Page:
Search for ‘Eighteenth-Century Studies’ Book Review Editor

Posted in opportunities by Editor on October 18, 2010

Book Review Editor, Eighteenth-Century Studies

The Executive Board of ASECS seeks nominations and applications for a three-year (renewable) appointment as Book Review Editor for Eighteenth-Century Studies, beginning July 1, 2011. The Book Review Editor receives and requests books from U.S. and foreign publishers, decides which books will be reviewed, solicits reviews from appropriate scholars, enforces word limits and deadlines, edits reviews, organizes and solicits review essays, and works closely with the ECS editorial staff. Since ECS reviews books of importance in a variety of disciplines and of interest to ASECS members in general, the Book Review Editor must have wide familiarity with the field of eighteenth-century studies, extensive professional contacts, and demonstrated organizational skills. The search committee is especially interested in interdisciplinary teams of at least two people from the same institution or location. Teams of two or more people should designate one of their number as a chief editor. The Society currently provides $4,000 annually to help defray the cost of postage, telephone, and related operating expenses. In addition, travel support for the editor or a member of the editorial team to the annual meeting may be requested. Please submit nominations and applications (letter of interest that outlines the applicant’s qualifications and CV) by December 1, 2010 to:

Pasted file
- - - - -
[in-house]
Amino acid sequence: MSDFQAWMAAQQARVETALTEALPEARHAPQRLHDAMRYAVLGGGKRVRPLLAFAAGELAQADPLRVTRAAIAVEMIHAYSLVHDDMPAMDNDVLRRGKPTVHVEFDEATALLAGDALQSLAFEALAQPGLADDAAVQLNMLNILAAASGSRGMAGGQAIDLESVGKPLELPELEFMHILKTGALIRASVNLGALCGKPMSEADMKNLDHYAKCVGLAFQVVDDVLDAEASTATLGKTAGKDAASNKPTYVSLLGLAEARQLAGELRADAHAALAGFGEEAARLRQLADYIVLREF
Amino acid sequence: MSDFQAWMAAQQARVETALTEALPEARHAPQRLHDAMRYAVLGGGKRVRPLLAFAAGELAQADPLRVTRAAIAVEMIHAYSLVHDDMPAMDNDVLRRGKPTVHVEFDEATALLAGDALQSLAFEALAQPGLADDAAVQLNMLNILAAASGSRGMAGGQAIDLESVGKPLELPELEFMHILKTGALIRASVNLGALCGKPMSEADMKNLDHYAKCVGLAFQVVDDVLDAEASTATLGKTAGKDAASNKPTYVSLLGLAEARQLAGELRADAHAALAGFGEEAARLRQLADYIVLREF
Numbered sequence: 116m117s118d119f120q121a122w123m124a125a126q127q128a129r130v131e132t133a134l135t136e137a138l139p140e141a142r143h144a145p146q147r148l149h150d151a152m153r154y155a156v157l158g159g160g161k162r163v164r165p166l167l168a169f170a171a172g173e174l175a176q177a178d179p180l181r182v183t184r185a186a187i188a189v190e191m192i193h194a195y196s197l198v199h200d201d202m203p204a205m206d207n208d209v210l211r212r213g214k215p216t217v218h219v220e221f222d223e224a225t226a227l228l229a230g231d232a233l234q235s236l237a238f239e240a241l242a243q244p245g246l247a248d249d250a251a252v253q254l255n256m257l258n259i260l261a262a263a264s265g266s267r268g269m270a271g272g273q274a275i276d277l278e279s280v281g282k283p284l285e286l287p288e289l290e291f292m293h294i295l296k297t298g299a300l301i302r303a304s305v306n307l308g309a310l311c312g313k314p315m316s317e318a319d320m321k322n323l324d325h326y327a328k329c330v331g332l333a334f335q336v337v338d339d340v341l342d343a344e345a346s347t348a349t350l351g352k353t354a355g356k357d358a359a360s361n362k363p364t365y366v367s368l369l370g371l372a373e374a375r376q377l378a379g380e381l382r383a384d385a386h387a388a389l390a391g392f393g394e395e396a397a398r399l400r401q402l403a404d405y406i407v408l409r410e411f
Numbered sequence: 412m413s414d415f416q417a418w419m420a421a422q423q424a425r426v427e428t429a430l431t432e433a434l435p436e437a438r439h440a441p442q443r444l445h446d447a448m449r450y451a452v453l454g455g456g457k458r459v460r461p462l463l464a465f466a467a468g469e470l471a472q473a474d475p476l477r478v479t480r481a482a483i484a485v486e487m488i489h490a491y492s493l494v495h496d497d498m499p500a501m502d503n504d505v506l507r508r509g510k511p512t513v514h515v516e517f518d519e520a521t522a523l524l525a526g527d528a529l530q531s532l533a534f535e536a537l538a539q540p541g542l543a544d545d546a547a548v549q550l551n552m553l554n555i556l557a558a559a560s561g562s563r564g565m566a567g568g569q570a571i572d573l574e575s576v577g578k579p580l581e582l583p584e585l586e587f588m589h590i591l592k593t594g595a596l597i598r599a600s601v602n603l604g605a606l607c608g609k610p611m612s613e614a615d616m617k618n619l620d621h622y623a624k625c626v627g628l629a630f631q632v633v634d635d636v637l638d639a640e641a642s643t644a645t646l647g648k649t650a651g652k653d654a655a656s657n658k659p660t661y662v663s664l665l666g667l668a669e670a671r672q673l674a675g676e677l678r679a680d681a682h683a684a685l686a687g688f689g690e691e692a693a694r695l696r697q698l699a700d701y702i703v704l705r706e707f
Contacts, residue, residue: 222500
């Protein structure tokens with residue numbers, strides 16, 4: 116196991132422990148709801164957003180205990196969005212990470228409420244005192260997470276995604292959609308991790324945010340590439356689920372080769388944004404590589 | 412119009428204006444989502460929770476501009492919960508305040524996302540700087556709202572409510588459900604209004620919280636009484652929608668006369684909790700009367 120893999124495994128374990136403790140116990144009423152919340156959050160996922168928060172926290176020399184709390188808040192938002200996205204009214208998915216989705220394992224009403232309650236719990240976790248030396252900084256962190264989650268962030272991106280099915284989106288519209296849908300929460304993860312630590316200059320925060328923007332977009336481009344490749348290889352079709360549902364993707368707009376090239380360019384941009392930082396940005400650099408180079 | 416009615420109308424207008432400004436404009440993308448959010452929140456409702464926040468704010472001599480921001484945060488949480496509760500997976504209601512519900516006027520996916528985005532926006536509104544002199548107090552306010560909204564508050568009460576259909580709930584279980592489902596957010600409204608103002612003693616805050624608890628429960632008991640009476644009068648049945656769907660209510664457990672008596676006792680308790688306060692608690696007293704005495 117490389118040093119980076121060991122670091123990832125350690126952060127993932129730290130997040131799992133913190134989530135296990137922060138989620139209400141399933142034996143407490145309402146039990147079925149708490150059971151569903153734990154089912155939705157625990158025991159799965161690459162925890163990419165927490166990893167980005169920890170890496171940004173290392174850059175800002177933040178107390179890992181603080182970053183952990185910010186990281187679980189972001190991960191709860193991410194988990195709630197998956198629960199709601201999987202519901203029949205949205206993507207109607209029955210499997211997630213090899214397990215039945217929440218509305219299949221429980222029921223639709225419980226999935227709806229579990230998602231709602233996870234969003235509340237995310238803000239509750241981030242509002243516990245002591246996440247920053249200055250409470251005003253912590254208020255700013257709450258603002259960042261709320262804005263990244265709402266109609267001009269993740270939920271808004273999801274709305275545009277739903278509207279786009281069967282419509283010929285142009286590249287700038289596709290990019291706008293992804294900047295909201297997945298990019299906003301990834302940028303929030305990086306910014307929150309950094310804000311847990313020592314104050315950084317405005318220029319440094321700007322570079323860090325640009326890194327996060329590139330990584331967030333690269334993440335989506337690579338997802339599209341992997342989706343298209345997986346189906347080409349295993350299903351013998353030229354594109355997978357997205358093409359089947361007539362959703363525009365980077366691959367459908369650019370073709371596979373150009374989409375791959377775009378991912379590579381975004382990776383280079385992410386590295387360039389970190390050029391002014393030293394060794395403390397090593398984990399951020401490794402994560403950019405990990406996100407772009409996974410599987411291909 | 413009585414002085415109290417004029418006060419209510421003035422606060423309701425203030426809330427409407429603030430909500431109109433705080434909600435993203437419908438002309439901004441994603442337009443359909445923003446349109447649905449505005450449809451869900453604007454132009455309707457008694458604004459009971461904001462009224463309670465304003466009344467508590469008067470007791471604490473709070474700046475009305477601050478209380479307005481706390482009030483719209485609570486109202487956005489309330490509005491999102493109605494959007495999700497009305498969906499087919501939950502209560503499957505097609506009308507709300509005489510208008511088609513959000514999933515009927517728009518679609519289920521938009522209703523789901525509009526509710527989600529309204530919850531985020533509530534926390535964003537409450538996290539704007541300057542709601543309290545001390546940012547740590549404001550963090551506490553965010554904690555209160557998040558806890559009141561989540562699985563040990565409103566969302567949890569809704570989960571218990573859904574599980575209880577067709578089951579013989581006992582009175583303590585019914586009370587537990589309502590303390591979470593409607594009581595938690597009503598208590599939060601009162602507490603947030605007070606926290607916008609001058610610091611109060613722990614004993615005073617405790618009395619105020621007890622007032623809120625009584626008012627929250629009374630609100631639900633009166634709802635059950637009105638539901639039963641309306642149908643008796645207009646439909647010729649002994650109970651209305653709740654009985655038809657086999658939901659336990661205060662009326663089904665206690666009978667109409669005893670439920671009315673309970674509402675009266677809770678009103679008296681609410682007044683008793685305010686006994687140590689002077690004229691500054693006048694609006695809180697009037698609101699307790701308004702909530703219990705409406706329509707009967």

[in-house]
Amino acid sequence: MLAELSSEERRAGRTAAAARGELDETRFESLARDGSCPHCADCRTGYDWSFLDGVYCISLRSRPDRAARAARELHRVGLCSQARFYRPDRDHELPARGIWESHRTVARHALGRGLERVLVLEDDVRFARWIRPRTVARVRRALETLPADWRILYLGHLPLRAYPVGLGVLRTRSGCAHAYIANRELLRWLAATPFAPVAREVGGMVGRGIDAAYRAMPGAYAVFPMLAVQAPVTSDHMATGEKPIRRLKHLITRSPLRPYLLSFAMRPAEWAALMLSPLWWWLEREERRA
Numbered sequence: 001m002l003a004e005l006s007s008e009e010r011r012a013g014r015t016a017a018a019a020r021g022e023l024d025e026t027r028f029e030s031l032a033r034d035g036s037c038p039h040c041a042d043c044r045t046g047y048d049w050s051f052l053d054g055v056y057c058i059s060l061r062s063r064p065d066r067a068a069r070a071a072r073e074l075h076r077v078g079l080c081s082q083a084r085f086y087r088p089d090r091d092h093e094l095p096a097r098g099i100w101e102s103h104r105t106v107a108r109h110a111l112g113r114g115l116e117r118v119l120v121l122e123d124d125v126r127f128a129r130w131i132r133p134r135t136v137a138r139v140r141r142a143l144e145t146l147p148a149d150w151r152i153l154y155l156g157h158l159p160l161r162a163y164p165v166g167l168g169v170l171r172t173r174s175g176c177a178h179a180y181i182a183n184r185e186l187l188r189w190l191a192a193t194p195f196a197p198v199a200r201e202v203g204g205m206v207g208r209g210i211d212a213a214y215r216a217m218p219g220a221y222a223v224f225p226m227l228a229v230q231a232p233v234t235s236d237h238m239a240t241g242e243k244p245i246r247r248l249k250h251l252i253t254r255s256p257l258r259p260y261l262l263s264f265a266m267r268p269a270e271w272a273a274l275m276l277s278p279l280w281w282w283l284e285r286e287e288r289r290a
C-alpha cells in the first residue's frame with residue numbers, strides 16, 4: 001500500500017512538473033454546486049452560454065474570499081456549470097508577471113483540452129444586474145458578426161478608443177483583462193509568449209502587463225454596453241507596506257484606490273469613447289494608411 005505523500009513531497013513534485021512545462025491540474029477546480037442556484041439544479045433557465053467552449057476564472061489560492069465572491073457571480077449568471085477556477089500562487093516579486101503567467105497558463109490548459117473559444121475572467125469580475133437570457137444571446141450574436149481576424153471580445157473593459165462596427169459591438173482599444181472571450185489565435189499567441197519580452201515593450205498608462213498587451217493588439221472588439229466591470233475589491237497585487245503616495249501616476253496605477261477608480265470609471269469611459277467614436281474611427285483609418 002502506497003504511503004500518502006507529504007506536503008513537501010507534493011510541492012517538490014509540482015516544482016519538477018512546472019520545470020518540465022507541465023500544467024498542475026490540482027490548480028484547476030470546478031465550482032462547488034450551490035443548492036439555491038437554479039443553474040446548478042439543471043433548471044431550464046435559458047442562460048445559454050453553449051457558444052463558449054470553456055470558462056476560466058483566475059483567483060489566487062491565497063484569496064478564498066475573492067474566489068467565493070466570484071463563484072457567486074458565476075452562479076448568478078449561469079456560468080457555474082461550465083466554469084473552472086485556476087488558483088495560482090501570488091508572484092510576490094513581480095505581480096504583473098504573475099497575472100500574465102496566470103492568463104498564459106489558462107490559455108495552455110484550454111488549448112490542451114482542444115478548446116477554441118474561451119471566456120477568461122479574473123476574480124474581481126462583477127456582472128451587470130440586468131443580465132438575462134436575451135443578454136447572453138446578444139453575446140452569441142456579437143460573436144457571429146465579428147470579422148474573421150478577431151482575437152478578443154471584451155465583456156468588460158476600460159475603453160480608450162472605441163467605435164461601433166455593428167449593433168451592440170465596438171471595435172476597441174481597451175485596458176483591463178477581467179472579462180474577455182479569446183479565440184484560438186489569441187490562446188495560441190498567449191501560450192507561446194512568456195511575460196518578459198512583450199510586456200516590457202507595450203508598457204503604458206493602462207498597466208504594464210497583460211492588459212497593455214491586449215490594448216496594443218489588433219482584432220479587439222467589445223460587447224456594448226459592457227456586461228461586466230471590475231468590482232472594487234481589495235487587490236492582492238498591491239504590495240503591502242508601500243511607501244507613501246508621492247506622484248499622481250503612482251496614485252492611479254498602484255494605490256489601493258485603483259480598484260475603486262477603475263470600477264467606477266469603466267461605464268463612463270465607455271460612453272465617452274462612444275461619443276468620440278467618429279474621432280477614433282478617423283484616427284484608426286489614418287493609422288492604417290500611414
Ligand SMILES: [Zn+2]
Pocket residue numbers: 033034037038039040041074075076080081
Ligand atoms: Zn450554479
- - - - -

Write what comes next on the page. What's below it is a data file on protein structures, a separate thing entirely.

Byron R. Wells, Executive Director, ASECS
PO Box 7867
Wake Forest University
Winston-Salem, NC 27109
Phone: 336-727-4694
E-mail: asecs@wfu.edu

Silver Playing Cards Fit for a Princess

Posted in Art Market by Editor on October 17, 2010

As reported at ArtDaily, this set of seventeenth-century silver playing cards up for auction at Christie’s belonged, in the eighteenth century, to Princess Carlota, the daughter of King Carlos IV (as the wife of King João of Portugal, she was Princess of Portugal and Brazil). The cards are estimated to sell for between $150,000 and $250,000. From Christie’s:

Sale 2349, Lot 56
Important Silver Including The Stuart Collection of Magnificent Regency Silver , 19 October 2010, New York

An Extremely Rare Set of German Engraved and Parcel-Gilt Silver Playing Cards, signed Michael Frömmer, Augsburg, 1616

A complete set of 52 cards engraved in the four Italian suits: swords, batons, cups, and coins, each suit with a king, a knight, a knave, and pip cards ace through ten; the Knave of Swords signed M. frömmer fec, the Ace of Batons dated 1616; with a tooled-leather shadowbox case set with a brass plaque engraved with provenance. Each card is 3 3/8 inches (8.6 cm) high by 1 15/16 inches (5 cm) wide.